42. Let have a look at Securitisation Jeremy Ford – Risk Manage Ltd. Is it a Tactic Or a Strategy? Only one UK bank elevates securitisation to a strategy – Northern Rock All others maintained it as a tactic, often despite attacks in the press for losing market share e.g. Barclays/Woolwich, HBOS & others

    43. Securitisation as a strategy Jeremy Ford – Risk Manage Ltd. • A bad idea – (and virtually everyone knew it!) • Why? • Market Liquidity • UK has none of the financial infrastructure necessary to support mass securitisation. • B of E support operations conducted only through (primarily) government obligations i.e. it supports the UK Sterling stock rules. (Is lender of last resort) • ECB much wider discount role, but it is no lender of last resort.

    44. Securitisation as a strategy Jeremy Ford – Risk Manage Ltd. • US has Fannie Mae and Freddie Mac – lenders of first resort against conforming mortgage assets. • Note mixing LOLR with liquidity support introduces ‘moral hazard’ (and hence B of E concerns) • Haircut Sir? (A No 3 and they can pay, No 1 and they can’t!). • So should we have or could we have securitisation as a strategy? • Must be thought through and OK only if we have fully understood the consequences. (it’s a no then!)

    45. Our ALCO conclusion • In the light of global concerns, take defensive measures to increase (actual and potential) liquidity – it is recognised as increasing the costs to the business but is deemed prudent for future stability • How? • Monitor Liquidity and Market conditions • Limit and properly price new business • Issue new fixed rate retail savings product and compete for loans 1-2 years (actual cash) • Review fixed income investments and switch into - lower yielding - but more liquid govt securities (near cash) • Sell, where possible, illiquid higher risk assets move to lower yielding but lower risk assets (nearer cash) • Review/increase contingent funding arrangements (cash in the event of) • Bring forward any securitisation opportunities and if necessary ease our required margin to do so (reduce funding gap) Jeremy Ford – Risk Manage Ltd.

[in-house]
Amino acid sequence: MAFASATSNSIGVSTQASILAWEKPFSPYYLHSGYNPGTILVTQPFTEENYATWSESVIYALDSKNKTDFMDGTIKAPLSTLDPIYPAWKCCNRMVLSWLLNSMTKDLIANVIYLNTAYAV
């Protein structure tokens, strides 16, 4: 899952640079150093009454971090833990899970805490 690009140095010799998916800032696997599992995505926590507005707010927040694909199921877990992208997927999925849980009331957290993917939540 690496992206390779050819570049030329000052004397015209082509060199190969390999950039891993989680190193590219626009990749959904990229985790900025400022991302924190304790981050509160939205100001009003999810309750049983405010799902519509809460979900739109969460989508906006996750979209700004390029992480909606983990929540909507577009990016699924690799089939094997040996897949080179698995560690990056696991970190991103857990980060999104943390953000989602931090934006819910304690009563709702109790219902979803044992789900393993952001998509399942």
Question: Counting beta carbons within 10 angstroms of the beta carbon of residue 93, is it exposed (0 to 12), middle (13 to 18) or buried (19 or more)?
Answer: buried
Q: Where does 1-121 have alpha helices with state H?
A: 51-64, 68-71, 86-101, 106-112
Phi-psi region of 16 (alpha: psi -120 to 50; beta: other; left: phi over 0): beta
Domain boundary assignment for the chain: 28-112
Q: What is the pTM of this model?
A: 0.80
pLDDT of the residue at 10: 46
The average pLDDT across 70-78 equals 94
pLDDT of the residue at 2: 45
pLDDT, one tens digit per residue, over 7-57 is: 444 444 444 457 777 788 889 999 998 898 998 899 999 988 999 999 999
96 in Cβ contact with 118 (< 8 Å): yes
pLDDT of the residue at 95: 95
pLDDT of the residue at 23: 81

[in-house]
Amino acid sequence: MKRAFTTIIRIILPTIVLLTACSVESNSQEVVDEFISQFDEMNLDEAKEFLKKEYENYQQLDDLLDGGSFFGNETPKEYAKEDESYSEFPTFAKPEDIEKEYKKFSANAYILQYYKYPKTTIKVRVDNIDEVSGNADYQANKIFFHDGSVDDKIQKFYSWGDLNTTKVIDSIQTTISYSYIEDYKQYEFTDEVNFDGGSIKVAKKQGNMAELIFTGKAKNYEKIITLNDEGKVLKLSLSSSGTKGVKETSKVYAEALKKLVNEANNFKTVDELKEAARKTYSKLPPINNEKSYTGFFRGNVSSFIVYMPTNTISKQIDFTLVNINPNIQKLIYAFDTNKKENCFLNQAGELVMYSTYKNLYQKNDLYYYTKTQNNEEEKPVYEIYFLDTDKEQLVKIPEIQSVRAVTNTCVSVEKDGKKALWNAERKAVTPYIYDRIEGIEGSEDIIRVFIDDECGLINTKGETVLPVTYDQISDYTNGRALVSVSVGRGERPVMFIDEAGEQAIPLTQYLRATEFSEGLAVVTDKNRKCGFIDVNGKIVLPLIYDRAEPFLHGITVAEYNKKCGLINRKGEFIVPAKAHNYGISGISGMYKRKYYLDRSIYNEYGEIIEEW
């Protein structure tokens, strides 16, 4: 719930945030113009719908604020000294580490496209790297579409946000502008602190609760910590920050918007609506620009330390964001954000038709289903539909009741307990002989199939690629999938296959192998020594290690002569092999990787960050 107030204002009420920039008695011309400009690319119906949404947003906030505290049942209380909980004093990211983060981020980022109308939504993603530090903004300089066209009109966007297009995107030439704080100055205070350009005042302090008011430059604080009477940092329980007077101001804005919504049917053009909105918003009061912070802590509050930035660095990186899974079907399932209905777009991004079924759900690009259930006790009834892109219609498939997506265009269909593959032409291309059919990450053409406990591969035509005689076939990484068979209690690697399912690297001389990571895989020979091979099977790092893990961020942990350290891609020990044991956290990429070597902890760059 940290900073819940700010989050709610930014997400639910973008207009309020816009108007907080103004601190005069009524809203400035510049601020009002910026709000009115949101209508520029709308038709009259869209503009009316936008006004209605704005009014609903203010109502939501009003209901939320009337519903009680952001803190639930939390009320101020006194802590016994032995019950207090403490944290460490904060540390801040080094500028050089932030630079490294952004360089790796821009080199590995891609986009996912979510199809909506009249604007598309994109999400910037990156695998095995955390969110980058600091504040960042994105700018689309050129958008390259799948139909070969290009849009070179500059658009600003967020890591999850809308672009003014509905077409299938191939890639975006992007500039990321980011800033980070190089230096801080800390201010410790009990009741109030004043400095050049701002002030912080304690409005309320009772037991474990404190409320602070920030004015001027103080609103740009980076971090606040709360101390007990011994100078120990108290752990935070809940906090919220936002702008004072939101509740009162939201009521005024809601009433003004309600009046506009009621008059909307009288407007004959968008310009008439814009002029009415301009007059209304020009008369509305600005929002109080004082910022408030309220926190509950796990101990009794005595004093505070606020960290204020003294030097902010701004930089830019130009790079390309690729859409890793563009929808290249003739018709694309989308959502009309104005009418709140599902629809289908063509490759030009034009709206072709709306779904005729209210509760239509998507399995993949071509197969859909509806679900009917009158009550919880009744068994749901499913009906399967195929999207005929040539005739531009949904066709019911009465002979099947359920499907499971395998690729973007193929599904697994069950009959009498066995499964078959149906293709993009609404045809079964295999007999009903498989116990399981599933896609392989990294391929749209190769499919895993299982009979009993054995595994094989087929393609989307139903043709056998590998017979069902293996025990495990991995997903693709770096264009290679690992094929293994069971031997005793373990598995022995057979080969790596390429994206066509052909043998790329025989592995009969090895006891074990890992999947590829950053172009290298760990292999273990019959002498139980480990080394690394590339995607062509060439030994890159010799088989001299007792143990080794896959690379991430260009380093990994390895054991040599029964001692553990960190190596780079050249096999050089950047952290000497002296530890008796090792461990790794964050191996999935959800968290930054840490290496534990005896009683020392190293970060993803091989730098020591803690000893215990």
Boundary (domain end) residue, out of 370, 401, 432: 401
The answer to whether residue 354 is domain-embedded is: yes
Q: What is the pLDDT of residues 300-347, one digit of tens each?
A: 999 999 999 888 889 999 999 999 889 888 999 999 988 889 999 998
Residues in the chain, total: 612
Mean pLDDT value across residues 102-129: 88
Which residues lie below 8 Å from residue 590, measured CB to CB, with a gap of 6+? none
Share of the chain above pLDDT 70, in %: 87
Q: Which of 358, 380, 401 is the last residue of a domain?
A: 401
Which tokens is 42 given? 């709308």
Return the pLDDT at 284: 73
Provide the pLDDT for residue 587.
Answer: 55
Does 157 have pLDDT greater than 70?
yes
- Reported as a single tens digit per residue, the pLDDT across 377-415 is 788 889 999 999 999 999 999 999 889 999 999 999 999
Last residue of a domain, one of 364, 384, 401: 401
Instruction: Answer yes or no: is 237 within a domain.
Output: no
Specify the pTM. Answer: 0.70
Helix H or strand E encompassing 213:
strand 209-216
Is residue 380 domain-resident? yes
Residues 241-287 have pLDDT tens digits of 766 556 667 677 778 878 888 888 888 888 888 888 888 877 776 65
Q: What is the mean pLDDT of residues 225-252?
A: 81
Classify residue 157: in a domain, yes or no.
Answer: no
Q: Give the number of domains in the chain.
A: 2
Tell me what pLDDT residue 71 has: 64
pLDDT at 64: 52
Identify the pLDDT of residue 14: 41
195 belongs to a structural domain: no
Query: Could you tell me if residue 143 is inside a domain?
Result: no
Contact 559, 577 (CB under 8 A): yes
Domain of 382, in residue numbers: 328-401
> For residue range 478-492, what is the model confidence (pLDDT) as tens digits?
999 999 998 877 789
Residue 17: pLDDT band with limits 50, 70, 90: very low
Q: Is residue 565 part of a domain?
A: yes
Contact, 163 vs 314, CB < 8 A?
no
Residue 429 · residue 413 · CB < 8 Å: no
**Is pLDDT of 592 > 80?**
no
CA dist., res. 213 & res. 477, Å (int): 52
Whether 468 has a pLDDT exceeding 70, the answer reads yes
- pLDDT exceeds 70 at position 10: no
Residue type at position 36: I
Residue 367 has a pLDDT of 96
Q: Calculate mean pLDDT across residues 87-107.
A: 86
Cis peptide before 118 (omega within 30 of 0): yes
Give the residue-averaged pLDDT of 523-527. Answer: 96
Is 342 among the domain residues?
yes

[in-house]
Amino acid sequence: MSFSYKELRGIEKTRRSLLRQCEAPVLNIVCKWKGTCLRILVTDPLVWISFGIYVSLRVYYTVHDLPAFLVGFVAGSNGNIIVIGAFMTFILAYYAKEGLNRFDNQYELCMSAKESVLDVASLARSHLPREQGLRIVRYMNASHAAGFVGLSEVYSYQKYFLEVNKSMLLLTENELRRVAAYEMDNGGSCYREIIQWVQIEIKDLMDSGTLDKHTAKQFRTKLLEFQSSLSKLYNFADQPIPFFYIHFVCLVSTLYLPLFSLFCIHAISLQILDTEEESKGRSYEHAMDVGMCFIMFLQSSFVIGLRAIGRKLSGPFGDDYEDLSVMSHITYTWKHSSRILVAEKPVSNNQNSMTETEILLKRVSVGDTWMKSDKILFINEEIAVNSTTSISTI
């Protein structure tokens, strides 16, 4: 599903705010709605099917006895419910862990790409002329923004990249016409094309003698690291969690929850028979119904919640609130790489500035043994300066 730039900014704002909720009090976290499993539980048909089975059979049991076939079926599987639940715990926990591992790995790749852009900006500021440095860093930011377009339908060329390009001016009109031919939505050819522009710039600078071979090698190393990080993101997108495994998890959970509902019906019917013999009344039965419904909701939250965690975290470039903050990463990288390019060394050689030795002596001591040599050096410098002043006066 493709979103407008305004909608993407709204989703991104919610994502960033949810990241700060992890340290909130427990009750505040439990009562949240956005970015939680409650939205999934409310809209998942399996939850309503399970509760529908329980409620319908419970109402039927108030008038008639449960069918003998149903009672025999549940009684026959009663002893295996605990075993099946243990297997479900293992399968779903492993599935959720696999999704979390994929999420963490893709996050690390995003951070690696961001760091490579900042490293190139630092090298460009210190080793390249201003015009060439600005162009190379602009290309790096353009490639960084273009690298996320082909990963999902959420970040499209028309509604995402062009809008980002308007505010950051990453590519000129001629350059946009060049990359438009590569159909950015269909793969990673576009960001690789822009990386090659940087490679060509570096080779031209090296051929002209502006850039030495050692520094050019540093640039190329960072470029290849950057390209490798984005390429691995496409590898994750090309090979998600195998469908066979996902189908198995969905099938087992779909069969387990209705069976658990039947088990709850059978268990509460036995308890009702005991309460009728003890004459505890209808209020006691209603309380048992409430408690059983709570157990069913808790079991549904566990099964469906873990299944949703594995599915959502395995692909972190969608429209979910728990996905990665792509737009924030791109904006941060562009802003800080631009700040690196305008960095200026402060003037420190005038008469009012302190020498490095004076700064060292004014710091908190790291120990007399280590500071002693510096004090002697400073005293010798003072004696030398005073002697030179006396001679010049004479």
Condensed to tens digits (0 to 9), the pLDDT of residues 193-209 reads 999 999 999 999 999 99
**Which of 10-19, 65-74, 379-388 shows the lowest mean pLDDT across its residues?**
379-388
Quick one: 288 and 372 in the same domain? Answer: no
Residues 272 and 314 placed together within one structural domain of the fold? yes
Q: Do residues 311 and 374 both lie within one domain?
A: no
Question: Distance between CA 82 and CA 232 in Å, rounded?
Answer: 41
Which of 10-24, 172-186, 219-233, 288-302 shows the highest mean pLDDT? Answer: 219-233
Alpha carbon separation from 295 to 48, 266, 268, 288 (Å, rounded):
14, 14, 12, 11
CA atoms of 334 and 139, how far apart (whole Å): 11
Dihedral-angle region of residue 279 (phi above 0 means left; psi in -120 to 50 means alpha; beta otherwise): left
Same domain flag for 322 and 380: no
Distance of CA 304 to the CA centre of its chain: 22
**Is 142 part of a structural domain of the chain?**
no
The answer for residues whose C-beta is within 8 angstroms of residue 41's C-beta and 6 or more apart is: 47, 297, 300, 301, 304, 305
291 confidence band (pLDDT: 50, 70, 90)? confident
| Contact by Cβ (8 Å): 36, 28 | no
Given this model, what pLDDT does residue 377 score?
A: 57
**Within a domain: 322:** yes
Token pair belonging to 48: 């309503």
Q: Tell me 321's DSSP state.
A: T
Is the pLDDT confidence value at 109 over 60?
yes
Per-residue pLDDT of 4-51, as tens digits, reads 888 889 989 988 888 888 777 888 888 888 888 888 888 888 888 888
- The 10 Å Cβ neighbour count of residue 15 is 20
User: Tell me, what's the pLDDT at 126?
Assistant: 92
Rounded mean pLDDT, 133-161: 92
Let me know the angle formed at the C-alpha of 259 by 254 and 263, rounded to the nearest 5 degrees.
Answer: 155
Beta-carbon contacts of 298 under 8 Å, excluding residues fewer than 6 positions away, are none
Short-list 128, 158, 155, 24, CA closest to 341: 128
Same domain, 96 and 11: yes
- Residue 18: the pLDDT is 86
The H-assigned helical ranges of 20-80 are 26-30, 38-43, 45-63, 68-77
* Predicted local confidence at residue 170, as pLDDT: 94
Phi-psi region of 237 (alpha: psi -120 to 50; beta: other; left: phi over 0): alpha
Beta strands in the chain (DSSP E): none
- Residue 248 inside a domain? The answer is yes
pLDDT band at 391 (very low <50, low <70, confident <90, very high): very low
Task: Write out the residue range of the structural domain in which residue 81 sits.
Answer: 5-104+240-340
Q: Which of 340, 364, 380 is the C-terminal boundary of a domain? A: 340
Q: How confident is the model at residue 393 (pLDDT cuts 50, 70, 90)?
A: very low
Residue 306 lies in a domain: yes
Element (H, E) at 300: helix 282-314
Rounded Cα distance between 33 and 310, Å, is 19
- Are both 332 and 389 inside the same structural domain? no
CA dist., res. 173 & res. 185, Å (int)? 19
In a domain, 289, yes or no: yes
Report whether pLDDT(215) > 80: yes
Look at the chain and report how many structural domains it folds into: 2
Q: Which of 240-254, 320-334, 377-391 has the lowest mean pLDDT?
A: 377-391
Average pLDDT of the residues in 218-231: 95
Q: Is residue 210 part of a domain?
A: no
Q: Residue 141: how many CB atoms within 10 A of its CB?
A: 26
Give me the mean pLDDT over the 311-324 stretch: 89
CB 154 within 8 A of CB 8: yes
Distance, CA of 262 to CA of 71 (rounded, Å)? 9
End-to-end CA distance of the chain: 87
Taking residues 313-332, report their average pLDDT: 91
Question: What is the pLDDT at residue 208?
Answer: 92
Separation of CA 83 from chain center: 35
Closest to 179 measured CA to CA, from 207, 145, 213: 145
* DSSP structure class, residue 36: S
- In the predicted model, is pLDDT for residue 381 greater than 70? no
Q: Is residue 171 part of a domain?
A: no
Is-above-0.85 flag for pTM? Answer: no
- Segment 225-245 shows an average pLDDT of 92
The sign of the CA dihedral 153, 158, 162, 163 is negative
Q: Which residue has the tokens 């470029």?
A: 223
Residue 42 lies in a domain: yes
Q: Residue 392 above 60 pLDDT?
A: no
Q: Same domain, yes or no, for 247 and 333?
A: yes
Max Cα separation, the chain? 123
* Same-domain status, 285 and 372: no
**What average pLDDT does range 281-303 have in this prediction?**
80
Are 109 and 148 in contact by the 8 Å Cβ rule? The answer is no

46. So what has happened in markets? Jeremy Ford – Risk Manage Ltd. • More or less what most scenarios predicted. • “Flight to quality”. • Refusal of uncommitted lending. • Big banks holding on to cash at all costs • Market trade volumes falling significantly • New banking business drying up • Regulators (globally) increasingly concerned over systematic risk • Newspaper and market commentator speculation • Real unwillingness in UK to give liquidity support • Where does this leave market participants?

    47. Liquidity Risk Summary • Liquidity Risk arises from the failure to recognize or correctly address sudden (and in some cases not so sudden) changes in overall market conditions (All liquidity problems are investigated with 20/20 hindsight!) • Liquidity Risk is the current and prospective risk to earnings or capital arising from an organisation’s inability to meet its obligations when they become due. • Liquidity Risk also relates to the liquidity of specific instruments and not related to general market conditions Jeremy Ford – Risk Manage Ltd.